Controversial on its first release, the Countach LPI800-4 is back for an on-road photocall with its ancestors to court your opinion once more
The Lamborghini Countach LPI800-4 garnered some pretty strong reactions when it was revealed last year. Best thought of as a re-bodied Sian, itself a heavily modified Aventador, the LPI was branded by many as a soulless cash grab. Original Countach designer Marcello Gandini even felt the need to put out a press release clarifying he had nothing to do with the project and didn’t much care for it.
Five months and a bit on the furore has died down somewhat, and the ‘Countach’ has taken to the road for the first time in a photocall with the cars it takes heavy styling inspiration from.
So, perhaps we could look at this as the car’s second chance in the court of public opinion. And whether or not you find it to be a cynical exercise, there’s no denying it’s a striking thing, and it looks especially attention-grabbing out on the road. Book-ending the original Countach lineage, Lamborghini brought along the first-ever LP400 and the final 25th Anniversary model.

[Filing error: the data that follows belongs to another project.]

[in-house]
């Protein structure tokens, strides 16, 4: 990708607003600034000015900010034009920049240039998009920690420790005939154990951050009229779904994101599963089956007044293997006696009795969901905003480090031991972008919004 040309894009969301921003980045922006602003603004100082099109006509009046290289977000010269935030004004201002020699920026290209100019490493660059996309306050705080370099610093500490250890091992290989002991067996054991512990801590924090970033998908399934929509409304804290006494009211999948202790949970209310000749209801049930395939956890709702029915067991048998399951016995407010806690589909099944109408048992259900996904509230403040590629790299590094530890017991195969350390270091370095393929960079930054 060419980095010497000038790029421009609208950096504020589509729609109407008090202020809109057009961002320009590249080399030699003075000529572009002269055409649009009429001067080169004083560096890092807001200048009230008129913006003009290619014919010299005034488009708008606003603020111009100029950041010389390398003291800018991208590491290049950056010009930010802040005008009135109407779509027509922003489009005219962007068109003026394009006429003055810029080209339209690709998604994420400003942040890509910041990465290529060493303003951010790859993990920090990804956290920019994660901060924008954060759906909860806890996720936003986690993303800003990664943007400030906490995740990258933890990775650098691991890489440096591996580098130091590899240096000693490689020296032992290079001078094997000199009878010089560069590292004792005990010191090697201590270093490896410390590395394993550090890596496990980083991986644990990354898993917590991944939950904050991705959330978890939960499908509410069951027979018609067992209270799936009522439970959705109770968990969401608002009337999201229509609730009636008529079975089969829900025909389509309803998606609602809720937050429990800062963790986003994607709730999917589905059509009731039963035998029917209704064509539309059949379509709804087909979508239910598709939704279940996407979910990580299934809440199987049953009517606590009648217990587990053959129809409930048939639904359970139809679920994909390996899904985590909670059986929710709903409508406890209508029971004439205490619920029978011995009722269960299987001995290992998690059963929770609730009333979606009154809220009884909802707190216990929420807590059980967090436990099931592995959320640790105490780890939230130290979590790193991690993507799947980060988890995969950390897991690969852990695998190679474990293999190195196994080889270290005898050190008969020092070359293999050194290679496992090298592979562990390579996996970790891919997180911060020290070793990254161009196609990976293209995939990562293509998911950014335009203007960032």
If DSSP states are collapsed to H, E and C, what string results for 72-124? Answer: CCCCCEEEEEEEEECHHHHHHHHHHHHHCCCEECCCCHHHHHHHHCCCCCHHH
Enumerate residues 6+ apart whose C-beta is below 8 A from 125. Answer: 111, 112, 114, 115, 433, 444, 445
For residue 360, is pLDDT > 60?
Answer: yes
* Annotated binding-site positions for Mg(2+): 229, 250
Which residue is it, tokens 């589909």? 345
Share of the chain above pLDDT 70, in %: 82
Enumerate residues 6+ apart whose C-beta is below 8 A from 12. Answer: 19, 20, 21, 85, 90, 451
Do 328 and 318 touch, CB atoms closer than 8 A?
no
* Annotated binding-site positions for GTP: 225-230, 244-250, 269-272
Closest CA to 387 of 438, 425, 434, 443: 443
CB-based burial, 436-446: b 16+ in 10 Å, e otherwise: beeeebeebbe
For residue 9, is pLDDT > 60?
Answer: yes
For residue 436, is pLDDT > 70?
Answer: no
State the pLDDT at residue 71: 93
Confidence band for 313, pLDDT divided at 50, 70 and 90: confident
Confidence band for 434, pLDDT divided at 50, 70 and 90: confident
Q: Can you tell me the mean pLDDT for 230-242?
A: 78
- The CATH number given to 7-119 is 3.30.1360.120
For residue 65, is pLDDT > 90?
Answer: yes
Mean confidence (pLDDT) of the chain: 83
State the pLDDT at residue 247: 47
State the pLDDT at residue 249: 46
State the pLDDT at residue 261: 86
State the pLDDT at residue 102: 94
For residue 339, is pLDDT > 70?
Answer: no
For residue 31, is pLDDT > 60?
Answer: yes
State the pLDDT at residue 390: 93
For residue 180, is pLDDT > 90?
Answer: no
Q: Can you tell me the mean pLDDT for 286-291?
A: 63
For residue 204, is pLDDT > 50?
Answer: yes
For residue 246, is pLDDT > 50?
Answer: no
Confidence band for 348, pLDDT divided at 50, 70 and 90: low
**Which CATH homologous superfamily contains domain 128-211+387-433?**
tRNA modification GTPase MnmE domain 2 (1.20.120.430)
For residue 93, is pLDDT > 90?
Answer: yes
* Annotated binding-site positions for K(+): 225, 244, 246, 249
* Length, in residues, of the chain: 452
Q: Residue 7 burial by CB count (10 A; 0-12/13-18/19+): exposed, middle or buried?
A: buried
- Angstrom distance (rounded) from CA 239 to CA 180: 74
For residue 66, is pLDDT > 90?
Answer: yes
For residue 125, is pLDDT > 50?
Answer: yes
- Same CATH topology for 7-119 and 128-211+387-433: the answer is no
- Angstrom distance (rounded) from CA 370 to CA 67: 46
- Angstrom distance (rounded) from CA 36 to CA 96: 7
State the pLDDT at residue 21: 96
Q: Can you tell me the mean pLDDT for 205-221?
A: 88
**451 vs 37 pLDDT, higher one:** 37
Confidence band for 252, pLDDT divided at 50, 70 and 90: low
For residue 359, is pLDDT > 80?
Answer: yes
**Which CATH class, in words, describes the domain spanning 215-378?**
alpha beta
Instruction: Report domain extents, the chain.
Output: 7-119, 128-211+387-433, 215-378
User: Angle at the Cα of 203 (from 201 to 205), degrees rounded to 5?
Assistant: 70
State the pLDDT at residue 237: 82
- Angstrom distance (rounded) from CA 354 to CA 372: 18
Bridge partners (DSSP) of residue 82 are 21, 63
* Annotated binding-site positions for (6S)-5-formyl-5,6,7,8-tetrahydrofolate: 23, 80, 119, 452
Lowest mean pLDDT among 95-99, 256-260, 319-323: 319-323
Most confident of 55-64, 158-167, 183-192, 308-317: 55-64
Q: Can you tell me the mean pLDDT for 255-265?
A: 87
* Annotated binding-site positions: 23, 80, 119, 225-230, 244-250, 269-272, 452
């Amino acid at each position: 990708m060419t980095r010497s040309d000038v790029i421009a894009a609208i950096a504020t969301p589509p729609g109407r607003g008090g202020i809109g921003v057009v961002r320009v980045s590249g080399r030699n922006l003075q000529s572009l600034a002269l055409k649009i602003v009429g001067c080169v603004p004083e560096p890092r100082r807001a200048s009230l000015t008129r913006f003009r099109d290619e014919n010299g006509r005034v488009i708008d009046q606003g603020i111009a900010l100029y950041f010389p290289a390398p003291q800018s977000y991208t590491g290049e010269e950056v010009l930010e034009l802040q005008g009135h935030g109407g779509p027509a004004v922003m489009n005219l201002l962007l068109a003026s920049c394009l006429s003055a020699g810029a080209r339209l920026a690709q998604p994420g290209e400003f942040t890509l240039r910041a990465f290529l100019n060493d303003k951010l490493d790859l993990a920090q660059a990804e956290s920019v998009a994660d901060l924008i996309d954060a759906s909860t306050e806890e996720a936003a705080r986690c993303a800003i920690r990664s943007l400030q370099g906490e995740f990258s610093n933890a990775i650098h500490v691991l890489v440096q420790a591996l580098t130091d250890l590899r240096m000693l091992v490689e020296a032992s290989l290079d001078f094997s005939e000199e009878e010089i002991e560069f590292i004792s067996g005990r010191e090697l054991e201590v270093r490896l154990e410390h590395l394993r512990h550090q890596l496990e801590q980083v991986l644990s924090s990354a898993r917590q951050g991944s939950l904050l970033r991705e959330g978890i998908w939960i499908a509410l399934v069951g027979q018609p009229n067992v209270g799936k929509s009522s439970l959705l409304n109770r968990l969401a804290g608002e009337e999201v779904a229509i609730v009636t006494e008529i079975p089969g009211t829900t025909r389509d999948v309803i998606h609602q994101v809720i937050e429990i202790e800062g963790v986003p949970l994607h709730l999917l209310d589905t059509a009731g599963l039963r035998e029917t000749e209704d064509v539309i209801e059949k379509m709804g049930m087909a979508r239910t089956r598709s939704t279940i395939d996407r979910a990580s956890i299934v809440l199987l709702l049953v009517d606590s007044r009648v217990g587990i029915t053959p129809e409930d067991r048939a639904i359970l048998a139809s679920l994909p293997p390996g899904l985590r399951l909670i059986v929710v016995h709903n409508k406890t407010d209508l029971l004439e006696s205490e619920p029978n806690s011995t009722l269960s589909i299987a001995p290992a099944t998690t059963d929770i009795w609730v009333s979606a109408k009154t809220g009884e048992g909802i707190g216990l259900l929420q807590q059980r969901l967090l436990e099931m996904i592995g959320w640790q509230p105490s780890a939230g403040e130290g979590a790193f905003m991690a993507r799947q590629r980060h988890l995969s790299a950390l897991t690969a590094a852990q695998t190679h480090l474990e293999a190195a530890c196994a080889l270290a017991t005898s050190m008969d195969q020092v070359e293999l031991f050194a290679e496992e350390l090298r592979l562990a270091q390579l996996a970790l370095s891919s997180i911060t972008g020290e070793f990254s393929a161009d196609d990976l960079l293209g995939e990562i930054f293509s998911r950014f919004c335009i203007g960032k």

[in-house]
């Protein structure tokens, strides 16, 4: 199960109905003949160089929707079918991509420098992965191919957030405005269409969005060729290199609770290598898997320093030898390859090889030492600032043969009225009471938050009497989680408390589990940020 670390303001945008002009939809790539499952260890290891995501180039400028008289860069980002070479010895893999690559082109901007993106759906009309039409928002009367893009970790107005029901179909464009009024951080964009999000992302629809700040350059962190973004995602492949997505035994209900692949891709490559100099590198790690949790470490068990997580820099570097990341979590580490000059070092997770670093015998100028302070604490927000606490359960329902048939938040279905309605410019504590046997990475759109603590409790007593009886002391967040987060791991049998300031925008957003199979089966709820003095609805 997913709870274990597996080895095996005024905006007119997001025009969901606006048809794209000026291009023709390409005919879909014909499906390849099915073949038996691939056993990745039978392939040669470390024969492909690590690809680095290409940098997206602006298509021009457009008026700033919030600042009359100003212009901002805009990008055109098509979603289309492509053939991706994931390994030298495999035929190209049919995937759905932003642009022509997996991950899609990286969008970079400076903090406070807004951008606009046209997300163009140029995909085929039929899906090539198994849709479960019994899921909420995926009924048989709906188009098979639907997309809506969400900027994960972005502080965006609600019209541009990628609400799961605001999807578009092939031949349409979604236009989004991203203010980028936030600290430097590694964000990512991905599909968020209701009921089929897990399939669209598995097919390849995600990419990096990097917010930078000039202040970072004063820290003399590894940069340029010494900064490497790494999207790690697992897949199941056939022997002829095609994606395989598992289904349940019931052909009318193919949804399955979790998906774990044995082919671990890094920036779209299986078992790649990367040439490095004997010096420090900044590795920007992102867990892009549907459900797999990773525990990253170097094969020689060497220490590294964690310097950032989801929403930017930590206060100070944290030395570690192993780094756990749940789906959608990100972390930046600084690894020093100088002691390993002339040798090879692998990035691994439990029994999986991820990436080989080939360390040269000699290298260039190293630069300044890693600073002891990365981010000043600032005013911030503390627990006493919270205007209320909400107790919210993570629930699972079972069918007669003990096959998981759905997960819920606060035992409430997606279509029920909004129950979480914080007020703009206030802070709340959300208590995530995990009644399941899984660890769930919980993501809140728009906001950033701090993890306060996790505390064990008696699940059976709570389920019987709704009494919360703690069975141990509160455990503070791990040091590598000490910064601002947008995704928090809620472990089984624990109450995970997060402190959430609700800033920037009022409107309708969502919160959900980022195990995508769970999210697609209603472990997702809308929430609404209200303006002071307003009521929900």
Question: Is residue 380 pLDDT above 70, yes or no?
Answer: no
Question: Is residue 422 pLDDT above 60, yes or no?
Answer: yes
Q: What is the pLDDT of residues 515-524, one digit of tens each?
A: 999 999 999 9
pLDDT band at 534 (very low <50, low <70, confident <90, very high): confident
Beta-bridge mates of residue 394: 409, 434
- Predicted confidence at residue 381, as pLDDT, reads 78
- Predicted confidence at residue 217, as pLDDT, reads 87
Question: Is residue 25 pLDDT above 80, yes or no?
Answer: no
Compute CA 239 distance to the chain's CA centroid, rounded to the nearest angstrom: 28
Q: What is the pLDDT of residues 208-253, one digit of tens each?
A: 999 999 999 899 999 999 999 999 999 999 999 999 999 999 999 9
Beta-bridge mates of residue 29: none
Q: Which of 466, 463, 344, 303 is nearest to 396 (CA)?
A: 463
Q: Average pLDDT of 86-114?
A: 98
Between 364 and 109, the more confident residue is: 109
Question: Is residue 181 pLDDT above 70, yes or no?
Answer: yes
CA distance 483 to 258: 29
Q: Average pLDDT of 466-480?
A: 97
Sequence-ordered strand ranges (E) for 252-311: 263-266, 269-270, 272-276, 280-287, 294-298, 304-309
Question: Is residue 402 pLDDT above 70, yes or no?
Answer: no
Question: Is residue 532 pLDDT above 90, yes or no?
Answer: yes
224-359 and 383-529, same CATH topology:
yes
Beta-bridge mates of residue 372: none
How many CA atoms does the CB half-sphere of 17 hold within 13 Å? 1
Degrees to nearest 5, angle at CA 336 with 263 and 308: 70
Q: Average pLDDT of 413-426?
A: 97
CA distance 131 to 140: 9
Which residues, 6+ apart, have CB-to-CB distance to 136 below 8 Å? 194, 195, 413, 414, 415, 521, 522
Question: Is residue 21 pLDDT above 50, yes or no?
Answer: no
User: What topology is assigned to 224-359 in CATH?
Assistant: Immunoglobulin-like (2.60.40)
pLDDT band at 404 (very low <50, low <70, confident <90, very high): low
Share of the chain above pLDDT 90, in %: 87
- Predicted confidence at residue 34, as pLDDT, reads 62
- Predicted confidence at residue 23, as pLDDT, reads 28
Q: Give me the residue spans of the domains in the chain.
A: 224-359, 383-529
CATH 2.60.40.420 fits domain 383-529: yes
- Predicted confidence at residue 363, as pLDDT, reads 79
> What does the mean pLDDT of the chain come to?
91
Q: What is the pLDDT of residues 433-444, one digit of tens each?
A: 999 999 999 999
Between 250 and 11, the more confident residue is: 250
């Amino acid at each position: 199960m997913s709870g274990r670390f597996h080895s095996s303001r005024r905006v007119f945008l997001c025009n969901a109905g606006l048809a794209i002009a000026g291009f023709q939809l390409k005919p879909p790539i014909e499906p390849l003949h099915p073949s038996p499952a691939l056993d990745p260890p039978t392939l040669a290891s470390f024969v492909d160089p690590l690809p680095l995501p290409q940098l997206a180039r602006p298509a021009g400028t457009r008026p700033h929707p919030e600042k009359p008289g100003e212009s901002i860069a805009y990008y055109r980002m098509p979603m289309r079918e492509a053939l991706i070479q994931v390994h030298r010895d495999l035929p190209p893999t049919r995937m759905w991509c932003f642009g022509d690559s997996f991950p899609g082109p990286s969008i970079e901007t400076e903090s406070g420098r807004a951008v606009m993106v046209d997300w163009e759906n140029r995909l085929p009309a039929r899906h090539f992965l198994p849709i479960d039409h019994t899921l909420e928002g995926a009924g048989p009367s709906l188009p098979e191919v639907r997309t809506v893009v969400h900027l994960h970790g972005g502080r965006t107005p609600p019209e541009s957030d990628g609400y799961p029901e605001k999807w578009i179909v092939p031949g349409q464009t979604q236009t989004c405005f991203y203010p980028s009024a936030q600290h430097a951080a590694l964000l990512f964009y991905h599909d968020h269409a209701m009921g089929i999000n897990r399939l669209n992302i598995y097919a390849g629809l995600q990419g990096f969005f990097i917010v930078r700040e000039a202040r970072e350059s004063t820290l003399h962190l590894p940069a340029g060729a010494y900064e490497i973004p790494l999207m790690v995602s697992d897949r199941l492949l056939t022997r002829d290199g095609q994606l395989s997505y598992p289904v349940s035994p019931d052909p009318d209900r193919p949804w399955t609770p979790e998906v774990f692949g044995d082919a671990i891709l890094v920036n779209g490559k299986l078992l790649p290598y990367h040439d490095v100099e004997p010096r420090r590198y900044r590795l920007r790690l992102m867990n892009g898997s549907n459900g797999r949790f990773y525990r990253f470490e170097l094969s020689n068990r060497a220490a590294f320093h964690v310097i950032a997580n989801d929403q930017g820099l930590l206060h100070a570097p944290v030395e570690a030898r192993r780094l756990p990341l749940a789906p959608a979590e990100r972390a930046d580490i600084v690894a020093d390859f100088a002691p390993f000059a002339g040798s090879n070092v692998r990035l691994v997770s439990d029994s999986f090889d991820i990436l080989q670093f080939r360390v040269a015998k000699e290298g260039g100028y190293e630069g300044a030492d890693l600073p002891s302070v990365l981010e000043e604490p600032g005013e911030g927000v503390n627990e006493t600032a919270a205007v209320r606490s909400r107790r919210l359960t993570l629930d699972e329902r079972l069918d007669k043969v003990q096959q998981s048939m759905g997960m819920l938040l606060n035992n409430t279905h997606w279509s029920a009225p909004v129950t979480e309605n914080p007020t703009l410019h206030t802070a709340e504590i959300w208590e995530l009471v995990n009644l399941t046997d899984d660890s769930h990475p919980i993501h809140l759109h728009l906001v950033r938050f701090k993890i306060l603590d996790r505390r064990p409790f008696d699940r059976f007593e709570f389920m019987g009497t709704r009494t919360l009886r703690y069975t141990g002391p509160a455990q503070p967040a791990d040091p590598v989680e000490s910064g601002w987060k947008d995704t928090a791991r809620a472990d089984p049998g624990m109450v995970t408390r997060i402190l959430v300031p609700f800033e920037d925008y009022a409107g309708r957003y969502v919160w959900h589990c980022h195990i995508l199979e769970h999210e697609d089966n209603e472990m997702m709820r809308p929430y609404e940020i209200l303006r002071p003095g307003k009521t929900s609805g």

In that time, the Countach’s V12 grew from 3.9 to 5.2 litres, and the styling aggression ramped up considerably. The LPI, which is intended to evocate the earlier, cleaner versions of the Countach, gets an even bigger 12-pot – a 6.5. Its supplemented by an electric motor powered by a supercapacitor, giving a total output of 803bhp. That’s more than double what you get in an LP400.
The 800’s controversy did little to put off buyers. Rich people gonna rich, so all 112 were reported to be sold days after the Pebble Beach reveal despite the £1.7 million (plus taxes) price tag. The world’s wealthy are more minted than ever, and Lamborghini is well aware and happy to take advantage. Gandini noted this in his statement, saying: “It is clear that markets and marketing itself has changed a lot since then [the design of the original Countach].”
The company also happily remade the original 1971 Countach LP500 Geneva Motor Show prototype, long since destroyed in a crash test, for one particularly well-off client. A price wasn’t ever revealed, but with tens of thousands of hours sunk into the car, it’ll be a punchy one of the seven-figure variety.
Most of us won’t get anywhere near that recreated LP500 or any of the LPI800s. So, with that in mind, let’s just settle for having a good ogle at some more pictures.